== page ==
Function DigCountCubes(x As Long) As String    ‘Accepts a long as argument and returns a string where the first character
‘is a count of the number of zeros in the long, the second is the count of the number of ones, etc
‘counts greater than 10 are returned as letters
Dim Cube As Currency
Dim cubeStr As String
Dim i, k, count As Integer
Dim temp As String
Dim dig As String

Cube = x ^ 3
cubeStr = CStr(Cube)
temp = “”
For k = 0 To 9
dig = CStr(k)
count = 0
For i = 1 To Len(cubeStr)
If Mid(cubeStr, i, 1) = dig Then
count = count + 1
End If
Next i
If count &lt; 10 Then
temp = temp + CStr(count)
Else ‘in case a digit count is over 9
Select Case count
Case 10
temp = temp + “a”
Case 11
temp = temp + “b”
Case 12
temp = temp + “c” ‘e.g. 10000^3 has 12 zeros
End Select
End If
Next k

DigCountCubes = temp
End Function

2. Doug Jenkins says:

I followed much the same result as David, but I stored my digit count as a double (too big for a long), and used a fast VBA sorting routine that I found on my hard disk (source not known, apologies to the author, whoever they might be). Time about 0.18 seconds:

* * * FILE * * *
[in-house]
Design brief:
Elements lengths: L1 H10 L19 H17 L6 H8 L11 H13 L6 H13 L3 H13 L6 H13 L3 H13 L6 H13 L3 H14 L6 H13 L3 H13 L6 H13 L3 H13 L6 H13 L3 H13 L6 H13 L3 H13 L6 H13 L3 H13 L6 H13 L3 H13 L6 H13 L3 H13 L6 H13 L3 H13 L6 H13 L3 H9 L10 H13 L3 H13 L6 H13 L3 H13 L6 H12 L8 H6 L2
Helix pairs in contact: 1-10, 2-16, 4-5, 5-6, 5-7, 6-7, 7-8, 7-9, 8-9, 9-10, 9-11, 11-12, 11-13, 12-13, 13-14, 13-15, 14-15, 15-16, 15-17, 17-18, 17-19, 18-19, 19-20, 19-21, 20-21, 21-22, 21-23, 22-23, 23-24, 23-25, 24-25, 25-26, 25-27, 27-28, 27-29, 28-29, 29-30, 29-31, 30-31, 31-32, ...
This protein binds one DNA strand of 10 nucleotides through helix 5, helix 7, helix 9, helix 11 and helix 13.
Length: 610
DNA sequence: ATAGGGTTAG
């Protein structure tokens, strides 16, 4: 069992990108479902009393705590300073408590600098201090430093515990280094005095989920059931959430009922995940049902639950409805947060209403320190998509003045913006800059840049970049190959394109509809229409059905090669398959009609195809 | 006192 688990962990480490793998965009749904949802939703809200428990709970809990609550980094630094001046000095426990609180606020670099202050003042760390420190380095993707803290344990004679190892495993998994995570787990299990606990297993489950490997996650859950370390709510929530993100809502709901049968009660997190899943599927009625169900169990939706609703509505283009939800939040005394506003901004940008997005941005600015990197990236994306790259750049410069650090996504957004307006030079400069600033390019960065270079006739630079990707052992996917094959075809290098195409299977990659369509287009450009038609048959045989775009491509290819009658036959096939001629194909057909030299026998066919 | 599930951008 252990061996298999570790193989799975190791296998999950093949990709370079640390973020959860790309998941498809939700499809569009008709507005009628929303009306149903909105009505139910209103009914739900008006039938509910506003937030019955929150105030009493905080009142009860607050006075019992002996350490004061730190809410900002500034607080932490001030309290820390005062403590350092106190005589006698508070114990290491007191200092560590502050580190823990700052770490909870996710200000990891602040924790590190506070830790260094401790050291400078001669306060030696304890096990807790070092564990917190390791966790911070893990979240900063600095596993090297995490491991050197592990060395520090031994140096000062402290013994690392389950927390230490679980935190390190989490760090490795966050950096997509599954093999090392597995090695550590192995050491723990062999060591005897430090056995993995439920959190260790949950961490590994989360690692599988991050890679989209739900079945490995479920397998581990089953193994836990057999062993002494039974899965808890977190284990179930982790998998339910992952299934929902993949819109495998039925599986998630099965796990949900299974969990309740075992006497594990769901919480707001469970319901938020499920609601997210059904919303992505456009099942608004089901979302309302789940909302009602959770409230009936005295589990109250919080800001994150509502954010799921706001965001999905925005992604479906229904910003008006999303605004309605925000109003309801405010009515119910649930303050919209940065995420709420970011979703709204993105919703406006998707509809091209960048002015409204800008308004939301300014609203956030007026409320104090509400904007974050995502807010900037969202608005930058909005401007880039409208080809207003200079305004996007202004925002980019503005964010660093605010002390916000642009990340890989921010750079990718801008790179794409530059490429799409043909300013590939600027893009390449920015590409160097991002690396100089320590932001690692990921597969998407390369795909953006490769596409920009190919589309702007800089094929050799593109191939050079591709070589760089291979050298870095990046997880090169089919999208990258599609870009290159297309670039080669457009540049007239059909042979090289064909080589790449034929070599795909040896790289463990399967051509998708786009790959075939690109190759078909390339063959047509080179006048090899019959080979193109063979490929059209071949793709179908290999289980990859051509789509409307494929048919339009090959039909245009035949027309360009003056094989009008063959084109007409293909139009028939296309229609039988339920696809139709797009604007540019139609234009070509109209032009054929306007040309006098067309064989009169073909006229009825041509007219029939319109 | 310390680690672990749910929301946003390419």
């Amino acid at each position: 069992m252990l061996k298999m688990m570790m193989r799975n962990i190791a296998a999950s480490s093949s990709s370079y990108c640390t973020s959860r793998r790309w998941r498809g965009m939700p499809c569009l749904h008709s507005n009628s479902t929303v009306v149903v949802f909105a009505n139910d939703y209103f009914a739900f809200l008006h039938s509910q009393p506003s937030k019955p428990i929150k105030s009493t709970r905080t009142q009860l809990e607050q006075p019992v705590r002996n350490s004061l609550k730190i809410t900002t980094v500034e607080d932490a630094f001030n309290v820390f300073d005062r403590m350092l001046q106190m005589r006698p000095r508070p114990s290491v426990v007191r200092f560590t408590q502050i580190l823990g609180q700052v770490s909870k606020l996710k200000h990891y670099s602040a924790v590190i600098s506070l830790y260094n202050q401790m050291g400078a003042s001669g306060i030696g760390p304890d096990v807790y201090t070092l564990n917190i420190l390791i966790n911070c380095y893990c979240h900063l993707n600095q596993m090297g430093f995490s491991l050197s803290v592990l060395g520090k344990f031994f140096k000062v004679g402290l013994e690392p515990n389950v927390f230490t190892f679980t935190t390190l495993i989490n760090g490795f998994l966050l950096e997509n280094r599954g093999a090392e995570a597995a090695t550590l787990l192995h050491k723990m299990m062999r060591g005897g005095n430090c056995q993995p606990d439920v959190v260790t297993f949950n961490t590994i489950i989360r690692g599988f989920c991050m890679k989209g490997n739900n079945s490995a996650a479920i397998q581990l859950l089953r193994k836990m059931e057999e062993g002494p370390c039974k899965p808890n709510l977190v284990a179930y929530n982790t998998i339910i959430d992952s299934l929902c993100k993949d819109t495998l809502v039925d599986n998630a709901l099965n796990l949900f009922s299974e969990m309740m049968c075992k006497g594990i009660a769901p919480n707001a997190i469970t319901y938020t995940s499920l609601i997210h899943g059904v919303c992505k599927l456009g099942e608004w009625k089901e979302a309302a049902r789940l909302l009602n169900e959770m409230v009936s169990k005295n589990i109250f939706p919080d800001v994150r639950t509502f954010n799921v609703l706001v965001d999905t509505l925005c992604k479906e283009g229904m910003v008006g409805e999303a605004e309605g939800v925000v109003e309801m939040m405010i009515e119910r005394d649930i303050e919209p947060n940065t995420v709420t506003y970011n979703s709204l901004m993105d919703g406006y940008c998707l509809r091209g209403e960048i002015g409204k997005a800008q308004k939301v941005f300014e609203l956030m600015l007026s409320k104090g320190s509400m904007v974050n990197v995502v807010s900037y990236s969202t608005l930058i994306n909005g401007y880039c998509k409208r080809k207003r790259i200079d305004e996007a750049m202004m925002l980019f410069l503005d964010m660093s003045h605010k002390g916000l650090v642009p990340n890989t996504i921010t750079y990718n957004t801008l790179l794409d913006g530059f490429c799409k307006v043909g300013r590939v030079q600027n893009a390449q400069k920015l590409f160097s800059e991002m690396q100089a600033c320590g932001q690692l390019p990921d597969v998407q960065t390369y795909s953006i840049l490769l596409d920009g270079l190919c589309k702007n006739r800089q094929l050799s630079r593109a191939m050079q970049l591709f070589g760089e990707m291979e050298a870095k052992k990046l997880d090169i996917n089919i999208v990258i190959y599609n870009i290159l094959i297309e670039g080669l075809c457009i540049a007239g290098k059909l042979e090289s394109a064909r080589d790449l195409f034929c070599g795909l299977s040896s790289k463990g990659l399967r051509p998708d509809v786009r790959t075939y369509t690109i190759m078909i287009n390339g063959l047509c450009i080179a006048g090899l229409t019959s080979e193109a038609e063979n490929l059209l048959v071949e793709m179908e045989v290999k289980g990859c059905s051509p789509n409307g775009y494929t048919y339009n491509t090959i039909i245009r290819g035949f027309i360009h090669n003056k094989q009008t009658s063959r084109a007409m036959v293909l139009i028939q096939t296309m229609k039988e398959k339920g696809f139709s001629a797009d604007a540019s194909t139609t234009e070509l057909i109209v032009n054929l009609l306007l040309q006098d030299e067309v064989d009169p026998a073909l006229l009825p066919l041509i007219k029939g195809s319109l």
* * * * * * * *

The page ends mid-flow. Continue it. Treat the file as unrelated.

Note that the sort routine was written for a 1 dimensional of longs, and I’ve modified it for a 2 column array of doubles.

Function P_62(Vmin As Long, Vmax As Long, NumCub As Long) As Variant
Dim V As Long, Cubea() As Double, Vlen As Long, CubCount As Long
Dim Vcub As Double, i As Long, Digval As Double, Dig As Long, Cubmin As Long
Dim Resa(1 To 1, 1 To 2) As Double
ReDim Cubea(Vmin To Vmax, 1 To 2)

Resa(1, 2) = Timer
For V = Vmin To Vmax
Vcub = V ^ 3
Vlen = Len(Trim(Vcub))
For i = 1 To Vlen
Dig = Mid(Vcub, i, 1)
Digval = Digval + 10 ^ (9 – Dig)
Next i
Cubea(V, 1) = Digval
Cubea(V, 2) = V
Digval = 0
Next V

CombSort Cubea

CubCount = 1
For V = Vmin + 1 To Vmax

If Cubea(V, 1) = Cubea(V – 1, 1) Then

CubCount = CubCount + 1
If Cubea(V, 2) .LT. Cubmin Then Cubmin = Cubea(V, 2)
If CubCount = NumCub Then
Resa(1, 1) = Cubmin
Resa(1, 2) = Timer – Resa(1, 2)
P_62 = Resa
Exit Function
End If
Else
CubCount = 1
Cubmin = Cubea(V, 2)
End If
Next V

P_62 = Cubea
End Function

Public Sub CombSort(ByRef dblArray() As Double)
Dim iSpacing As Long
Dim iOuter As Long
Dim iInner As Long
Dim iTemp As Double
Dim iLBound As Long
Dim iUBound As Long
Dim iArrSize As Long
Dim iFinished As Long

iLBound = LBound(dblArray)
iUBound = UBound(dblArray)

‘Initialise comb width
iSpacing = iUBound – iLBound